Communist units on the mainland reacted rapidly by mobilizing all available vehicles to transport troops to the front. The communist 272nd Regiment of the 31st Army at Zhangpu County was first to respond: by 5:50 AM, less than an hour after the first shot of the campaign was fired, the advance guard of the regiment was already on its way to the front in the extremely few military vehicles available, while the rest of the regiment stop every civilian vehicles on the road to have the needed rides. By 9:00 AM, the entire regiment had reached the Eight Feet Gate (Ba Chi Men, 八尺门) pier of the Eastern Mountain (Dongshan, 东山) Island, with the help of newly arrived reinforcement, the communist naval infantry company at Eight Feet Gate (Ba Chi Men, 八尺门) managed to force the attacking nationalist paratroopers into retreat. A regiment of the communist the 28th Army and a regiment of the communist the 41st Army soon arrived afterward and the communist commander You Meiyao, riding on the initial success of driving back the attacking nationalist paratroopers, decided to immediately counterattack before the arrival of any other reinforcement so that the nationalists would not have the time needed to regroup, and successfully disrupted the nationalist defense and redeployment. As the Nationalists were forced back by the counterattacking enemy in the ensuing battles, the communist 91st Division of the 31st Army landed on the island under the commander of the 31st Army, Zhou Zhijian (周志坚), the nationalists’ fate on the island was thus sealed.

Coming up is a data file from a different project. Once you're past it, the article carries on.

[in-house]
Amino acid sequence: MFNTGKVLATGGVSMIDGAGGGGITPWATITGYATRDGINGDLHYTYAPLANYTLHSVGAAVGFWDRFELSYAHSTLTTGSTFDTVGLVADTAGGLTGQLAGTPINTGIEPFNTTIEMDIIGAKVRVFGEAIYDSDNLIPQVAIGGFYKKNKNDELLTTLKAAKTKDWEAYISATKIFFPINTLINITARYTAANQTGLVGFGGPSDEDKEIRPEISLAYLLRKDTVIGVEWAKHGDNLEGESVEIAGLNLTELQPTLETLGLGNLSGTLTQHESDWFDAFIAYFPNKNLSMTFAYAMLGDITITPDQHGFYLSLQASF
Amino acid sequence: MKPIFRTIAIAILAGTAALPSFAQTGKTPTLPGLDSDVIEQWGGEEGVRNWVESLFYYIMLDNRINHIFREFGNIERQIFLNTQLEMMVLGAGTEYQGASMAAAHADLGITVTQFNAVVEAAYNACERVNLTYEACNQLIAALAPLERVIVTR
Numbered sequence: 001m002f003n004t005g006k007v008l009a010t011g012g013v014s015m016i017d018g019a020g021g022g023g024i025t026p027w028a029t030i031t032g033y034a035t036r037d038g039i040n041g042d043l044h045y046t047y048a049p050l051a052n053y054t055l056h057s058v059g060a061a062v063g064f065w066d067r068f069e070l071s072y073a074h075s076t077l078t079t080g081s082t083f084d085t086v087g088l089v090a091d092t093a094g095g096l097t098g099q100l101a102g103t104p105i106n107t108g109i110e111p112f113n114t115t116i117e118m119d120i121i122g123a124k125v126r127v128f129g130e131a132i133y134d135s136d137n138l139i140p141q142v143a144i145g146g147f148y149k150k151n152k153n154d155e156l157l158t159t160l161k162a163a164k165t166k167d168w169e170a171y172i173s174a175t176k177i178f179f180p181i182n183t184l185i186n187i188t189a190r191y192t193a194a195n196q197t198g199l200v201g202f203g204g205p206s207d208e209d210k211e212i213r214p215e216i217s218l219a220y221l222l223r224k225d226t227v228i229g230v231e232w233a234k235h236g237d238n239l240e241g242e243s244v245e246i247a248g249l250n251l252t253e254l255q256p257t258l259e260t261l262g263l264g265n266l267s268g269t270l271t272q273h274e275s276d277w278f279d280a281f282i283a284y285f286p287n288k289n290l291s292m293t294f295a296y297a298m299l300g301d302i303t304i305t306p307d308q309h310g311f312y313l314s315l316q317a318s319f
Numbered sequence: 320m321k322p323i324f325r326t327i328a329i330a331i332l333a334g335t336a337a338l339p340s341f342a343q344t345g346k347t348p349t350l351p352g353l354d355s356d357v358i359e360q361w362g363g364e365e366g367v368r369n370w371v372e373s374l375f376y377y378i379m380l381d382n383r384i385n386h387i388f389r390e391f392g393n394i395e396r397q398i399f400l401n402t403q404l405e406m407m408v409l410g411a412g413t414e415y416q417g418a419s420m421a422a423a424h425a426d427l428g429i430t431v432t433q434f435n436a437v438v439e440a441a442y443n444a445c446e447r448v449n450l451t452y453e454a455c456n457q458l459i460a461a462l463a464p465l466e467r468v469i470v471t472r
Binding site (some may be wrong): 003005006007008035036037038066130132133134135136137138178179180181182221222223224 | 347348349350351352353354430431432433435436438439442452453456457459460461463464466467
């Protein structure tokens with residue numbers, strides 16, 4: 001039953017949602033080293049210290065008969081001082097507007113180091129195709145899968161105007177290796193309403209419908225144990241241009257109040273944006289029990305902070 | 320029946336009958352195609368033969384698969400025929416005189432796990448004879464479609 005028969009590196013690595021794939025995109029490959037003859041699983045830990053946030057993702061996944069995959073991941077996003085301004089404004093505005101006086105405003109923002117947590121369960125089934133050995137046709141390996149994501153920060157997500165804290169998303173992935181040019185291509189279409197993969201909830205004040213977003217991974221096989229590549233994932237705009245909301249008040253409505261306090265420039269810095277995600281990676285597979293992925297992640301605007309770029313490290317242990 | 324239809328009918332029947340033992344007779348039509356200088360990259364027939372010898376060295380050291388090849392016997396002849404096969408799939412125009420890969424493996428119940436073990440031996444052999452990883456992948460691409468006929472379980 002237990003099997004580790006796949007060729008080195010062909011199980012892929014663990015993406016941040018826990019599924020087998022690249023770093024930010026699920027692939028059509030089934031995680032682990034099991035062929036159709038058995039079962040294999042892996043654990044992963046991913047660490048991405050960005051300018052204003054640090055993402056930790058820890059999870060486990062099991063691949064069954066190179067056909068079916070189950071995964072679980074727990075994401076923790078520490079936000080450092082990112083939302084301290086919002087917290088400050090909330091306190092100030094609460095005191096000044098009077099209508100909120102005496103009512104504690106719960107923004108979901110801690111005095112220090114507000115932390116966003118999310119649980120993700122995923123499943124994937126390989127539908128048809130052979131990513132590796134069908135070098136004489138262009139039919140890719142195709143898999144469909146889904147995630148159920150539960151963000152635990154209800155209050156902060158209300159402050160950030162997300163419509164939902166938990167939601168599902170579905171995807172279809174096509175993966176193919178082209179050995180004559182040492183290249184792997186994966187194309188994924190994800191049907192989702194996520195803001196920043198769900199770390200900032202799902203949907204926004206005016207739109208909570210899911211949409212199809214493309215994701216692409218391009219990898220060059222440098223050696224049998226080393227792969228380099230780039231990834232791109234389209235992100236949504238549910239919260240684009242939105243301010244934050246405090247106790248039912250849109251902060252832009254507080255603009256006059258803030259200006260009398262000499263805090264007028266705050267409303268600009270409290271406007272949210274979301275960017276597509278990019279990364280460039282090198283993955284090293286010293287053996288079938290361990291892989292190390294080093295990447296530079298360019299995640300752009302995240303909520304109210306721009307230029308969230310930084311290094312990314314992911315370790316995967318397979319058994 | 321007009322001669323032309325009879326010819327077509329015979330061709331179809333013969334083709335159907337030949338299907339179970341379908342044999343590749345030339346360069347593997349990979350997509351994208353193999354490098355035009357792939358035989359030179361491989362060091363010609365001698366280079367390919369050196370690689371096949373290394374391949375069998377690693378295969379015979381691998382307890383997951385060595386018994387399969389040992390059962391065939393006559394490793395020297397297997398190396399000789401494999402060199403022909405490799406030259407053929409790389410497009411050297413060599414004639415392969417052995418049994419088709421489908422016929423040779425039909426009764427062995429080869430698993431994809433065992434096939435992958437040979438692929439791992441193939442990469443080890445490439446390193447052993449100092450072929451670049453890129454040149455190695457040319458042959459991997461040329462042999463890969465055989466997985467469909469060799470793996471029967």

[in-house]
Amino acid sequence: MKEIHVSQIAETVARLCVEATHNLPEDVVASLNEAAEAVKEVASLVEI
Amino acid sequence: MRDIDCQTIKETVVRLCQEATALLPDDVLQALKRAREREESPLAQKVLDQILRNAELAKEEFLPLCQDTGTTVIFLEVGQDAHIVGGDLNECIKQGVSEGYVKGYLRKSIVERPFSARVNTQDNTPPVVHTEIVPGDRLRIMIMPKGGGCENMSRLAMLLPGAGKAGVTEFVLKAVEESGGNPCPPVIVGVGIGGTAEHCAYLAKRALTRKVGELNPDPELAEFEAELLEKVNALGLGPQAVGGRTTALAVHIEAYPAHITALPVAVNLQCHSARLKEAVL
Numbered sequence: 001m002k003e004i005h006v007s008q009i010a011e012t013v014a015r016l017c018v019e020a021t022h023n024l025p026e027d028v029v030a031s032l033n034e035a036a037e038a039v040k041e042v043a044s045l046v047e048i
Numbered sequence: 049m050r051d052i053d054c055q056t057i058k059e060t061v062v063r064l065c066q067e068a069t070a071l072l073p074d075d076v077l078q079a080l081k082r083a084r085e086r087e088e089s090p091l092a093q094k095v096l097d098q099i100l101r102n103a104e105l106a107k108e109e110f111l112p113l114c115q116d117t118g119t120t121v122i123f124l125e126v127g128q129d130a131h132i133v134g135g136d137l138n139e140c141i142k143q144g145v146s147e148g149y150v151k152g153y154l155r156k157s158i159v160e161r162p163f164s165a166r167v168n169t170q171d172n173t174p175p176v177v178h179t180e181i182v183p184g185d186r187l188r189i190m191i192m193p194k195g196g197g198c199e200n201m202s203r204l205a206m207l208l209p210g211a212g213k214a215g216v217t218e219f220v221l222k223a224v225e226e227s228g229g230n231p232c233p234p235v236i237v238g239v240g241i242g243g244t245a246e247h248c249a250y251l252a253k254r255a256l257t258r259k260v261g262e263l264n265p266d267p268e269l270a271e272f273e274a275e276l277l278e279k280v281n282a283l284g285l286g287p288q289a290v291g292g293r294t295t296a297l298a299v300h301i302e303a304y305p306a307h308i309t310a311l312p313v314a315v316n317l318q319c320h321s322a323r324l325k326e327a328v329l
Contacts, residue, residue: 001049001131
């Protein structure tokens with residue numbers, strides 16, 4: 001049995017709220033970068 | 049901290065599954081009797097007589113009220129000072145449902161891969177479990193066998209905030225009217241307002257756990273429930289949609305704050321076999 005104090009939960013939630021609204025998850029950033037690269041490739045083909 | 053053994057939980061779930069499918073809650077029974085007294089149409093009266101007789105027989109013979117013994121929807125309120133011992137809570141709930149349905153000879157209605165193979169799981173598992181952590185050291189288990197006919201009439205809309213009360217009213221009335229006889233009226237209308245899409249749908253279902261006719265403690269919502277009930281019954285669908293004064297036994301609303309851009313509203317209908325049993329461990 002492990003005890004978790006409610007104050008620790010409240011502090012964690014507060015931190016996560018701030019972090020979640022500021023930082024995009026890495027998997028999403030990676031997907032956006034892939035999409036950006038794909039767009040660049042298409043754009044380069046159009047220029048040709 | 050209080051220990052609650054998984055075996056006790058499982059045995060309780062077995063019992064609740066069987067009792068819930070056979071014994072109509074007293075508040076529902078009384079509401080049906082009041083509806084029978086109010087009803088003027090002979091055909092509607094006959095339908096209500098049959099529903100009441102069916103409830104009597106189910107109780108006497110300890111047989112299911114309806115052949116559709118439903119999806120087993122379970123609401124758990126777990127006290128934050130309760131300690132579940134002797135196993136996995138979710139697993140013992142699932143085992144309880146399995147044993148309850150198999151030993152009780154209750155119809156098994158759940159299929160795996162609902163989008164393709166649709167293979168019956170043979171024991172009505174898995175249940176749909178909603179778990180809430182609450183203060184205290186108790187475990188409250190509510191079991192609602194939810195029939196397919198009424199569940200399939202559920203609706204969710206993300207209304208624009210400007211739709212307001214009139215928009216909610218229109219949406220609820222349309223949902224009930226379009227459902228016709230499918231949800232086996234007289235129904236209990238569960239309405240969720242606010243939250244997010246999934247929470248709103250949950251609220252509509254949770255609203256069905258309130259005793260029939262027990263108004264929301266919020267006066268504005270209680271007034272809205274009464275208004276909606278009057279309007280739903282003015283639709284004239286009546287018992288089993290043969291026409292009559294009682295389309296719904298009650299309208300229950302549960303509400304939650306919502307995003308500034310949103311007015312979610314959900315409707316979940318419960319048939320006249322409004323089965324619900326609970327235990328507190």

The nationalist commander of the operation, Hu Lien, initially did not believed that the enemy could reinforce the island in such large scale in such short time, since the vital bridge, the Nine Dragons Bridge (Jiulongjiang Daqiao, 九龙江大桥) was already destroyed by the Nationalist air force. Realizing that his force possessed neither technical nor the numerical advantages, Hu Lien wisely chose to withdraw before anymore enemy reinforcement arrived in order to avoid total annihilation. The enemy, in turn, seeing that what they sent was enough already to drive the attacking nationalists away from the island, did not pursuit and stopped sending further reinforcement. The campaign came to an end on July 18, 1953 after the island was secured by the defenders after the nationalist retreat.